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British Industrial History

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London Engineering and Iron Ship Building Co

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1866.
1866.

of London

1856-7 Robert Baillie and Joseph Westwood set up in business as shipbuilders, boilermakers and ironworkers, in partnership with James Campbell, in a new yard, London Yard, at Cubitt Town. [1]

1865-72: Along with many other local firms, Westwood, Baillie and Co had difficulty surviving the decline in Thames shipbuilding. Production at the London Yard continued with James Westwood and Robert Baillie acting as managers for the London Engineering and Iron Ship Building Co.

1865 Sub-contractors for Fairbairn Engineering Co who had the contract to build a large railway bridge to cross the Connecticut River in USA. "In about a year the bridge was shipped from Liverpool and London, and in June 1865, work upon its erection was begun"[2]

1868 Description of a new type of coupling for cast iron tubular screw piles, designed by Messrs Westwood and Baillie, having intermittent dovetailed lugs and corresponding female recesses. The advantages were proved in comparative tests against the 'usual Mitchell screw' type and the bolted flange type at company's yard at Poplar. The company had large orders for iron bridges, including about 2000 Warren girders for the Bombay, Baroda and Central India Railway.[3]

1869 Constructed the iron roof for the new station of the Great Northern Railway at King's Cross. A device had been invented by Mr. Westwood, jun., for forming the joints of wrought iron piles. Developed a method for ascertaining the profile of the entrance to a dock which it is intended to close by a caisson.[4]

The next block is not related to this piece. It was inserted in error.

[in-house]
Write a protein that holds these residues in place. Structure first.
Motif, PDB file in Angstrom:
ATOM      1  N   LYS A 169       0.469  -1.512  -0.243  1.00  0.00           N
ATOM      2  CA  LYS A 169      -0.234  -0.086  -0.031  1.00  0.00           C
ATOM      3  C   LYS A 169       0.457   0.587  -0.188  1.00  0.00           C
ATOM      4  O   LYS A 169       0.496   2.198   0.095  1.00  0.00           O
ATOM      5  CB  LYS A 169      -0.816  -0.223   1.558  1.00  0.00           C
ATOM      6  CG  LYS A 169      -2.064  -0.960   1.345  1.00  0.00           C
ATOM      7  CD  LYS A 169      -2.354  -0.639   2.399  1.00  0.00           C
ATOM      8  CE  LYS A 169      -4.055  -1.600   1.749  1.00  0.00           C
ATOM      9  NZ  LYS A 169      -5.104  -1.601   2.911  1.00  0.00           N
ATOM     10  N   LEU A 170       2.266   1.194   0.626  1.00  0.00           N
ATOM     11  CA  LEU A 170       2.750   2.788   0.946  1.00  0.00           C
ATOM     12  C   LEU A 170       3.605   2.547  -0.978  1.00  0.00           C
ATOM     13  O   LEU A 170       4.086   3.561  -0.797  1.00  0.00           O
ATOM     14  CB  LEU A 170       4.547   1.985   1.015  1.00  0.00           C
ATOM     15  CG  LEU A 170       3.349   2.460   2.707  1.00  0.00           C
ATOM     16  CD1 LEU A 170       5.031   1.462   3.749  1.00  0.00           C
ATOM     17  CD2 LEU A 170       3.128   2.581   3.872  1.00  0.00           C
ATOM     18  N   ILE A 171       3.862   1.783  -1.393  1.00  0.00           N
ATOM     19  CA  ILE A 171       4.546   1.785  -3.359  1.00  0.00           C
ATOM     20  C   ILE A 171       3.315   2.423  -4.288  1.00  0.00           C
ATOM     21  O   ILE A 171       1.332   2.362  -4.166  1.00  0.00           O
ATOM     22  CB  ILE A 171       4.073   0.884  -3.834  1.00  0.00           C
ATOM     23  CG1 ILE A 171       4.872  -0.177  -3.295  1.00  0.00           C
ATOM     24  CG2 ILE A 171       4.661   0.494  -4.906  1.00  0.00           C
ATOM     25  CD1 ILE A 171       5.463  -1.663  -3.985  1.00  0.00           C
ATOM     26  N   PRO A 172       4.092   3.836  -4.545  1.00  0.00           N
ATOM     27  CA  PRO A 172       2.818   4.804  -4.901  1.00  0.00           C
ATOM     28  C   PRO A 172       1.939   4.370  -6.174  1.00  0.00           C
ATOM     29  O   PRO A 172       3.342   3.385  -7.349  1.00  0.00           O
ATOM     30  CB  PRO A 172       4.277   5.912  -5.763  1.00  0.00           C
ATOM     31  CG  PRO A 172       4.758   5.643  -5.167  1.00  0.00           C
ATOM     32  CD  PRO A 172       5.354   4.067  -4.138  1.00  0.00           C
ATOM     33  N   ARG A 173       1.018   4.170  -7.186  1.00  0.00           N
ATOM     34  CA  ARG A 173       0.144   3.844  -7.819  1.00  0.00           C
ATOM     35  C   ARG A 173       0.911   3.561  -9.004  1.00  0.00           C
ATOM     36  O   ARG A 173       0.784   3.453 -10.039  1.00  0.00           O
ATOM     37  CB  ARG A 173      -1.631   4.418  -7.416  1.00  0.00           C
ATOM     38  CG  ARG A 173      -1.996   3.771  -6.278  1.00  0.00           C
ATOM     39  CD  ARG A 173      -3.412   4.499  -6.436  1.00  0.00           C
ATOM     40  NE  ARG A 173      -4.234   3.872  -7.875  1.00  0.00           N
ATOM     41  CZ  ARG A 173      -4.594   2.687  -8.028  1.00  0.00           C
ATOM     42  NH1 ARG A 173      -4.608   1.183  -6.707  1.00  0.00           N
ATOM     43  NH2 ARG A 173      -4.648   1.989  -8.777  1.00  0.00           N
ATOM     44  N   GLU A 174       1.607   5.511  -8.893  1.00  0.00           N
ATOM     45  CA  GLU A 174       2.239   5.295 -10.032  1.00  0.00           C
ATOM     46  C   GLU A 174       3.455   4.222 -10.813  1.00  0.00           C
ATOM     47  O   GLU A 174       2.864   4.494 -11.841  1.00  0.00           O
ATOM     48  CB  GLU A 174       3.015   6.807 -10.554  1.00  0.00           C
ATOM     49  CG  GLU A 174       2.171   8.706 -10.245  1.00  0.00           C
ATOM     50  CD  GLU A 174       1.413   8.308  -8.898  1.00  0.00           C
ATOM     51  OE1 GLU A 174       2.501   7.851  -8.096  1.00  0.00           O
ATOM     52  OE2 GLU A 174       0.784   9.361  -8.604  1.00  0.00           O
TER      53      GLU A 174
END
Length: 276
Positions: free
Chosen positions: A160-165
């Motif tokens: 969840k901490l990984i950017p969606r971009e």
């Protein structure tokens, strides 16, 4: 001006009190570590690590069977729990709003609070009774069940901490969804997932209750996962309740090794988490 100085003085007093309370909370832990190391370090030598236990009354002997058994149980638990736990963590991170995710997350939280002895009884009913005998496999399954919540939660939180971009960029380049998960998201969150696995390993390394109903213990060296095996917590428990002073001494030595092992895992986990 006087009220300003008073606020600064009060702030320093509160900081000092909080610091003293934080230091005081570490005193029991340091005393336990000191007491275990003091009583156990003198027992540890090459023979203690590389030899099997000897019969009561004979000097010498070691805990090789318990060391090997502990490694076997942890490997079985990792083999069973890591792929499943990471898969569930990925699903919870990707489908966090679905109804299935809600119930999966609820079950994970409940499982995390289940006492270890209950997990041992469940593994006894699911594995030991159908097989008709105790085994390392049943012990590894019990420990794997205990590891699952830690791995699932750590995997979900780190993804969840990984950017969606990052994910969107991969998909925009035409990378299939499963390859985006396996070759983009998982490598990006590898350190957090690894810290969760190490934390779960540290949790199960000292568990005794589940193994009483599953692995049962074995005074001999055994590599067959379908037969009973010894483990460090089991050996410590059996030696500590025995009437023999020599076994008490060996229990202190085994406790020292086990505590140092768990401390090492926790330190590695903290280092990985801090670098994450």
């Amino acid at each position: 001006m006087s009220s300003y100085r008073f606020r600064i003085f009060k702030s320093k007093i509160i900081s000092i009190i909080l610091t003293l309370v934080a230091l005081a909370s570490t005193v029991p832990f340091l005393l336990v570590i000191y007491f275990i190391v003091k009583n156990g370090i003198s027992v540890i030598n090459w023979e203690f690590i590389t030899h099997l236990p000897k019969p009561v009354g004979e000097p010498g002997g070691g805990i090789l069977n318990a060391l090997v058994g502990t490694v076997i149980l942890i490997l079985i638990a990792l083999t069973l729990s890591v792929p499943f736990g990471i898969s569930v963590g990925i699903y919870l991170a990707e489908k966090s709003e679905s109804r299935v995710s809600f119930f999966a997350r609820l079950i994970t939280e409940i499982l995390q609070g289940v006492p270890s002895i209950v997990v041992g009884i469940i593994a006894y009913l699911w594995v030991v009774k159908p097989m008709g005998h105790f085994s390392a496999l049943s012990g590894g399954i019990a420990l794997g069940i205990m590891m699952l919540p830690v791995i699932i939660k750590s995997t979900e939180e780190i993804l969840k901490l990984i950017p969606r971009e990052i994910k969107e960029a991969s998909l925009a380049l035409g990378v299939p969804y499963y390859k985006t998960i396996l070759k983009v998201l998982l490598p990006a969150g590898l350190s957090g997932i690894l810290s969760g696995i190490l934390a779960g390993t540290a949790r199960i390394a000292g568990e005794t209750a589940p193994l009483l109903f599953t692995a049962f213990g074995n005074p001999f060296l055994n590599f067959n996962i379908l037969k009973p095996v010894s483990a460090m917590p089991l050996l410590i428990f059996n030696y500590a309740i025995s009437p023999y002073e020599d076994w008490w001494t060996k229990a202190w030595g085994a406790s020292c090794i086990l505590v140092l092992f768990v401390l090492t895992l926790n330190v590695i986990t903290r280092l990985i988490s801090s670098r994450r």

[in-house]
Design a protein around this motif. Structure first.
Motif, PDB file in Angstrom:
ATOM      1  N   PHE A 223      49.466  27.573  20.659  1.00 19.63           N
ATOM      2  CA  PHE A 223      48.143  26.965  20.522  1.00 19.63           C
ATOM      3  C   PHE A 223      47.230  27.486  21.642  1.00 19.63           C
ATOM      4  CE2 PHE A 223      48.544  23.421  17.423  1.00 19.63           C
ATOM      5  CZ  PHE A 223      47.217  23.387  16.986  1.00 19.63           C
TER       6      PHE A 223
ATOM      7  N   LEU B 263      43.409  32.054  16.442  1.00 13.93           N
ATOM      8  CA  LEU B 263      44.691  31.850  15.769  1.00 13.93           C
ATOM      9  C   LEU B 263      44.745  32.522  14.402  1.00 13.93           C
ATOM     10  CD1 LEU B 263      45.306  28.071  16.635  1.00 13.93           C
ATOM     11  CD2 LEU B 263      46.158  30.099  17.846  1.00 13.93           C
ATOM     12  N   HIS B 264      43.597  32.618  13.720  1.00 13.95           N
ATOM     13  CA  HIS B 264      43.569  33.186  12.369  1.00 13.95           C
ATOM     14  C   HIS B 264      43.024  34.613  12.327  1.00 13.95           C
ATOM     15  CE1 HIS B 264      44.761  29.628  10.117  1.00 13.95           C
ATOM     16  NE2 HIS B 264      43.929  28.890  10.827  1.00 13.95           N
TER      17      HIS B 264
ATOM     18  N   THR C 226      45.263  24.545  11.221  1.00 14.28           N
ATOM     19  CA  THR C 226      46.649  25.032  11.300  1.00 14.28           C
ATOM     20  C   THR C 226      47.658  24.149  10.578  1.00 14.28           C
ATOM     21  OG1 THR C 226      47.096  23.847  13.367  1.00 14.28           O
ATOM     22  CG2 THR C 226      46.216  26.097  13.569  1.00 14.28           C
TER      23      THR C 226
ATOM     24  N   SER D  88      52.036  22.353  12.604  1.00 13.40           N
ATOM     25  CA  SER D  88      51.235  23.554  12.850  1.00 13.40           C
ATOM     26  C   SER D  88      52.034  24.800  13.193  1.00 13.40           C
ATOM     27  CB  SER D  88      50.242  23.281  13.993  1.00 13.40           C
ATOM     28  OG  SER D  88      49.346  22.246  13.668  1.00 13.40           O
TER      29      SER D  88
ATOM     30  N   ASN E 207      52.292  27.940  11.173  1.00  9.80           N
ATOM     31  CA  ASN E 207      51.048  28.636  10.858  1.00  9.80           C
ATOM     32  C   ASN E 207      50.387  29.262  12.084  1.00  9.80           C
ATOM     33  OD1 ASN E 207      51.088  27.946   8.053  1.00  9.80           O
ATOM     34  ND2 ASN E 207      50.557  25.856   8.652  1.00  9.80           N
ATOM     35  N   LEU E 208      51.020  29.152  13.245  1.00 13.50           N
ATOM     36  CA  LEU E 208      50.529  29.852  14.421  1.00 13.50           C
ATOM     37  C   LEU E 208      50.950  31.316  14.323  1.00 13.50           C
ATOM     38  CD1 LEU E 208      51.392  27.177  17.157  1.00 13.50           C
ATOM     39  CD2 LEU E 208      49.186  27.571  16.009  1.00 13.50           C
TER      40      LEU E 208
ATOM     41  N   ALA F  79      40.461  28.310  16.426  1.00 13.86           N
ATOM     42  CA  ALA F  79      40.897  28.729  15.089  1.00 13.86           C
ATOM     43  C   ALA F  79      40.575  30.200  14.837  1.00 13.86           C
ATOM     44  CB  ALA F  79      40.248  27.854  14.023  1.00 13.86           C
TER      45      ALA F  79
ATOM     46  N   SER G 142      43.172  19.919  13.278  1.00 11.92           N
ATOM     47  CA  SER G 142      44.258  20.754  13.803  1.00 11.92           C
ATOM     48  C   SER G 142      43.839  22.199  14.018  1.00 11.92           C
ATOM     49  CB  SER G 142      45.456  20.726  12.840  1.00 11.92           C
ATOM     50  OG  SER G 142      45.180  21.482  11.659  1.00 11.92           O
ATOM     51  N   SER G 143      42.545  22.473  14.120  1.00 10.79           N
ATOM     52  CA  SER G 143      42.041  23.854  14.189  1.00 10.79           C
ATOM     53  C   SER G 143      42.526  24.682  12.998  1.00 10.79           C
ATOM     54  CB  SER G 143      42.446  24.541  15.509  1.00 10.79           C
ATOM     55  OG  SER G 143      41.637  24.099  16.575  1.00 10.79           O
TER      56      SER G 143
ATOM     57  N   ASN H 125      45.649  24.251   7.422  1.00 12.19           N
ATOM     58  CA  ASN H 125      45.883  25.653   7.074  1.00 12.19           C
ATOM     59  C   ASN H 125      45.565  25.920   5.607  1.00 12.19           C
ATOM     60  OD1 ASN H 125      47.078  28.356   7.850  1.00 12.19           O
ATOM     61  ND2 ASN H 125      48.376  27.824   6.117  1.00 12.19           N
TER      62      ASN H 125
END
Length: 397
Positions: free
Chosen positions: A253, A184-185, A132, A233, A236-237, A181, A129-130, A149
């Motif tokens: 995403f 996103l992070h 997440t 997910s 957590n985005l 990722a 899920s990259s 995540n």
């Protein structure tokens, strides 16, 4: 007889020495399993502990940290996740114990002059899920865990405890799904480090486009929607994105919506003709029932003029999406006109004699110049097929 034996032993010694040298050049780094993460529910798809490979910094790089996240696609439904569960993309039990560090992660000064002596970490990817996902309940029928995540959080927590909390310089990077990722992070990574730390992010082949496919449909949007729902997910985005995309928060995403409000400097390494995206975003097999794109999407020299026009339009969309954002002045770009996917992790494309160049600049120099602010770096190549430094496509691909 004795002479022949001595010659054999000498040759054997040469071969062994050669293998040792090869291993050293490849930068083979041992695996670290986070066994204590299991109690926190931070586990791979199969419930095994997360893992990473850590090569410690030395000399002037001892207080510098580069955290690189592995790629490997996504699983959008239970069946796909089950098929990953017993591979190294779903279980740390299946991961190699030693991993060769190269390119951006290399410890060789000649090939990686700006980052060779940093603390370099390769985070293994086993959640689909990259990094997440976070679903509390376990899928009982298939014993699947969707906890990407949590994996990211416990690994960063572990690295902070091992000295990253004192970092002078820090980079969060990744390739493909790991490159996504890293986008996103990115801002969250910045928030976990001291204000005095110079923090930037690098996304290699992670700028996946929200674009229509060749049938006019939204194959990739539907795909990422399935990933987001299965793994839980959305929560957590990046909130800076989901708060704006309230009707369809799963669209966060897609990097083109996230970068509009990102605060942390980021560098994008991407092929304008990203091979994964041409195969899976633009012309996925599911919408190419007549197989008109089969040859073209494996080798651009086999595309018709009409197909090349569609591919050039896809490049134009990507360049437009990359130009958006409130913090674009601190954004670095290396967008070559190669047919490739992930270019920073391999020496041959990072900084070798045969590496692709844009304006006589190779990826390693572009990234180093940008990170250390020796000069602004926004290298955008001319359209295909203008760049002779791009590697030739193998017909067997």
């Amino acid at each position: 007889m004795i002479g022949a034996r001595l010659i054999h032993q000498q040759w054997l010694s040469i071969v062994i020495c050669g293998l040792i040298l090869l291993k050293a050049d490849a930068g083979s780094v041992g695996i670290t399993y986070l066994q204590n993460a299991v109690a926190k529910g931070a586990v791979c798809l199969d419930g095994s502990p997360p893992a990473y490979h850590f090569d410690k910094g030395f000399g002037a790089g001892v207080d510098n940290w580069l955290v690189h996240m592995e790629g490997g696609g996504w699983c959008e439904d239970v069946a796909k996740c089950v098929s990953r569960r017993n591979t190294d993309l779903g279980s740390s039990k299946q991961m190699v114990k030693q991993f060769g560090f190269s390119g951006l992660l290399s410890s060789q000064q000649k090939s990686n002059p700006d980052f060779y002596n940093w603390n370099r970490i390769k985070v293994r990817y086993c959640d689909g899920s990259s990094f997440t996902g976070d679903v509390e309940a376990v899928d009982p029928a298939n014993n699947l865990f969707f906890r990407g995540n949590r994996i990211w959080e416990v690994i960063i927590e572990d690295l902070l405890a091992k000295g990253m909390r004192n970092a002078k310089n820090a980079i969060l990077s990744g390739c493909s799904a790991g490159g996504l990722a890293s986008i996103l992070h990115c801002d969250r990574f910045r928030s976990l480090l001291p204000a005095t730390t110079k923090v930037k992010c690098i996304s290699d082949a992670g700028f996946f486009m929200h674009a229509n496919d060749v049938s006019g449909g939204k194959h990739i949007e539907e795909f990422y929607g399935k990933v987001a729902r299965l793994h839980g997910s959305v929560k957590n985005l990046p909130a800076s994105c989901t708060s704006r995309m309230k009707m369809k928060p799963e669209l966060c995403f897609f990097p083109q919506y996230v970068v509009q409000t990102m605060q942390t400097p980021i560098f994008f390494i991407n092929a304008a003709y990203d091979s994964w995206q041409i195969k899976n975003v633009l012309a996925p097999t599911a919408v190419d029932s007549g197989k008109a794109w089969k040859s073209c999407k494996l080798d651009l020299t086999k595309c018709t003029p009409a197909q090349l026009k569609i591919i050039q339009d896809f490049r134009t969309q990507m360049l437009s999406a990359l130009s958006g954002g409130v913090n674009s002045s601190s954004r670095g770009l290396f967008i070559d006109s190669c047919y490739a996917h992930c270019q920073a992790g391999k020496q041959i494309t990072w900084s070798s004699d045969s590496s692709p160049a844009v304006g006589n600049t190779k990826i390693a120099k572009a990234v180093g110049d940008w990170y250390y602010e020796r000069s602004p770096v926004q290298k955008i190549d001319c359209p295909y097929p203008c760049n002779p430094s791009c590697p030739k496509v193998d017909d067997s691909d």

1870 'BRIDGES POR CHINA.-We understand the contract for the Yang-Torr-Foo and other bridges for the Municipal_Council of Shanghai has been let to the London Engineering and Iron Shipbuilding Company, Limited (late Westwood and Baillie) by Mr. Alfred Stansfield Rake, of Newcastle-upon-Tyne, whom the Council have retained in their interests for the preparation and shipment of these works.'[5]

1872 Westwood, Baillie and Co regained nominal control of London Yard. The work was mainly for civil engineering projects. [6]


See Also

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Sources of Information

  1. [1]
  2. Burt’s Illustrated Guide of the Connecticut Valley by Henry M Burt, 1868, page 60
  3. [2]'Engineering' 22 May 1868
  4. The Engineer 1869
  5. [3] Engineering, 23 Dec 1870
  6. British History Online: Survey of London: volumes 43 and 44: Poplar, Blackwall and Isle of Dogs